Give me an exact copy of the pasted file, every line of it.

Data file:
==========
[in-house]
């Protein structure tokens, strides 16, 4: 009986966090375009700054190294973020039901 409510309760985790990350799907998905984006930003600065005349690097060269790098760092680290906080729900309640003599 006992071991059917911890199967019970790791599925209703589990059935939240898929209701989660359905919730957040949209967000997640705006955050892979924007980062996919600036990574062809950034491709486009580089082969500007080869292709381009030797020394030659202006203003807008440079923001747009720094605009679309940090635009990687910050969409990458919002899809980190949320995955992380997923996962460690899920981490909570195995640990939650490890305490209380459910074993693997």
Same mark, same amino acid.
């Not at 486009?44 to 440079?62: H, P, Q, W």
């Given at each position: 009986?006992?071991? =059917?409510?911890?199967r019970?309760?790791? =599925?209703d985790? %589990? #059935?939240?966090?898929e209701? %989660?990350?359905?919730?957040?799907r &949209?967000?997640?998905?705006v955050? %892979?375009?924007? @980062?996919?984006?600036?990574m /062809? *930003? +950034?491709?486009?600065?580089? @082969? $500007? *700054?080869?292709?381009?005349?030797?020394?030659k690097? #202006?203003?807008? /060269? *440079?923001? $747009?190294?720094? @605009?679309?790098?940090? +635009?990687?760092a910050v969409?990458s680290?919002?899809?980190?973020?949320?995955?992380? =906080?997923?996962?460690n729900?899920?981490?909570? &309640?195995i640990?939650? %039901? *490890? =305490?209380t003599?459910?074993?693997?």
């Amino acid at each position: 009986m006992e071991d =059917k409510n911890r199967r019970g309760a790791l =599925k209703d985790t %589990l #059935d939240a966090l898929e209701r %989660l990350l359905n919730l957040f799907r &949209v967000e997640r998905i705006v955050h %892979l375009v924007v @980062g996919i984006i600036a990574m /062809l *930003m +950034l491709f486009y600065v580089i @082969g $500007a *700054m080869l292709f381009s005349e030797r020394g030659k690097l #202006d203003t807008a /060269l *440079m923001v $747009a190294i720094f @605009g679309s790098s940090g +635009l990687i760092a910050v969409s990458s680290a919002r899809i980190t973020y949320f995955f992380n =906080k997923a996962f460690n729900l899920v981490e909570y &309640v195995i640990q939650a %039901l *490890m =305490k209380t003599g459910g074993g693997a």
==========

[in-house]
């Protein structure tokens, strides 16, 4: 009986966090375009700054190294973020039901 409510309760985790990350799907998905984006930003600065005349690097060269790098760092680290906080729900309640003599 006992071991059917911890199967019970790791599925209703589990059935939240898929209701989660359905919730957040949209967000997640705006955050892979924007980062996919600036990574062809950034491709486009580089082969500007080869292709381009030797020394030659202006203003807008440079923001747009720094605009679309940090635009990687910050969409990458919002899809980190949320995955992380997923996962460690899920981490909570195995640990939650490890305490209380459910074993693997």
Same mark, same amino acid.
């Not at 486009?44 to 440079?62: H, P, Q, W």
């Given at each position: 009986?006992?071991? =059917?409510?911890?199967r019970?309760?790791? =599925?209703d985790? %589990? #059935?939240?966090?898929e209701? %989660?990350?359905?919730?957040?799907r &949209?967000?997640?998905?705006v955050? %892979?375009?924007? @980062?996919?984006?600036?990574m /062809? *930003? +950034?491709?486009?600065?580089? @082969? $500007? *700054?080869?292709?381009?005349?030797?020394?030659k690097? #202006?203003?807008? /060269? *440079?923001? $747009?190294?720094? @605009?679309?790098?940090? +635009?990687?760092a910050v969409?990458s680290?919002?899809?980190?973020?949320?995955?992380? =906080?997923?996962?460690n729900?899920?981490?909570? &309640?195995i640990?939650? %039901? *490890? =305490?209380t003599?459910?074993?693997?």
């Amino acid at each position: 009986m006992e071991d =059917k409510n911890r199967r019970g309760a790791l =599925k209703d985790t %589990l #059935d939240a966090l898929e209701r %989660l990350l359905n919730l957040f799907r &949209v967000e997640r998905i705006v955050h %892979l375009v924007v @980062g996919i984006i600036a990574m /062809l *930003m +950034l491709f486009y600065v580089i @082969g $500007a *700054m080869l292709f381009s005349e030797r020394g030659k690097l #202006d203003t807008a /060269l *440079m923001v $747009a190294i720094f @605009g679309s790098s940090g +635009l990687i760092a910050v969409s990458s680290a919002r899809i980190t973020y949320f995955f992380n =906080k997923a996962f460690n729900l899920v981490e909570y &309640v195995i640990q939650a %039901l *490890m =305490k209380t003599g459910g074993g693997a």